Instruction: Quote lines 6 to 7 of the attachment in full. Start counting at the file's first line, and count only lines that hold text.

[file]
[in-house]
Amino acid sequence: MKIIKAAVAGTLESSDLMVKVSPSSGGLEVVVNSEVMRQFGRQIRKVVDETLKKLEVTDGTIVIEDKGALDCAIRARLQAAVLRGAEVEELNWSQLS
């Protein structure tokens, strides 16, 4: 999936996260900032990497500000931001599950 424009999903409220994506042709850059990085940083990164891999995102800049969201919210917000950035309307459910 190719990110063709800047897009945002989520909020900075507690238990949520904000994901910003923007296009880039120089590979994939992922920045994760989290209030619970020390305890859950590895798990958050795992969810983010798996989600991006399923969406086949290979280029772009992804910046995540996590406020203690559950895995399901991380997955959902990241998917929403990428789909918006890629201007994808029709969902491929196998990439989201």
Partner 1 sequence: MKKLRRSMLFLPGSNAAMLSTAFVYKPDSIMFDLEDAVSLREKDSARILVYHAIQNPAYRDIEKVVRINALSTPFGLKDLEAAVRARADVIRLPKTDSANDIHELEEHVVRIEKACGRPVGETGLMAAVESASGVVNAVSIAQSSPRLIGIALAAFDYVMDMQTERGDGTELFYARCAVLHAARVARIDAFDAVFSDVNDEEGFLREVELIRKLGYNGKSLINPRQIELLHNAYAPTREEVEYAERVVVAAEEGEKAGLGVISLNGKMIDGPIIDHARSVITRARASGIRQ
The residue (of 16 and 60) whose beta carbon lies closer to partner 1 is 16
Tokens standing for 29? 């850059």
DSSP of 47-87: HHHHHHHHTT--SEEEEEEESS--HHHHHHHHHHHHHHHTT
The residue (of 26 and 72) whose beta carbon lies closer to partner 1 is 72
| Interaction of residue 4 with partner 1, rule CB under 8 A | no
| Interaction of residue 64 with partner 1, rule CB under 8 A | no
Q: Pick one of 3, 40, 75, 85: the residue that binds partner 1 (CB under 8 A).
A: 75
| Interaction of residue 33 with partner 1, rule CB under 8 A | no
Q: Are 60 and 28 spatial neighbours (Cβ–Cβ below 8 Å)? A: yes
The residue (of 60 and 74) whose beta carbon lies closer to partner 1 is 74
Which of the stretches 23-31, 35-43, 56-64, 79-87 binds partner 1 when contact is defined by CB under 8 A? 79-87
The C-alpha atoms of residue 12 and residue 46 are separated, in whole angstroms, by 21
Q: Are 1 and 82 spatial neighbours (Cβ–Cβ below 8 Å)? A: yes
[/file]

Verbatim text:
Tokens standing for 29? 């850059």
DSSP of 47-87: HHHHHHHHTT--SEEEEEEESS--HHHHHHHHHHHHHHHTT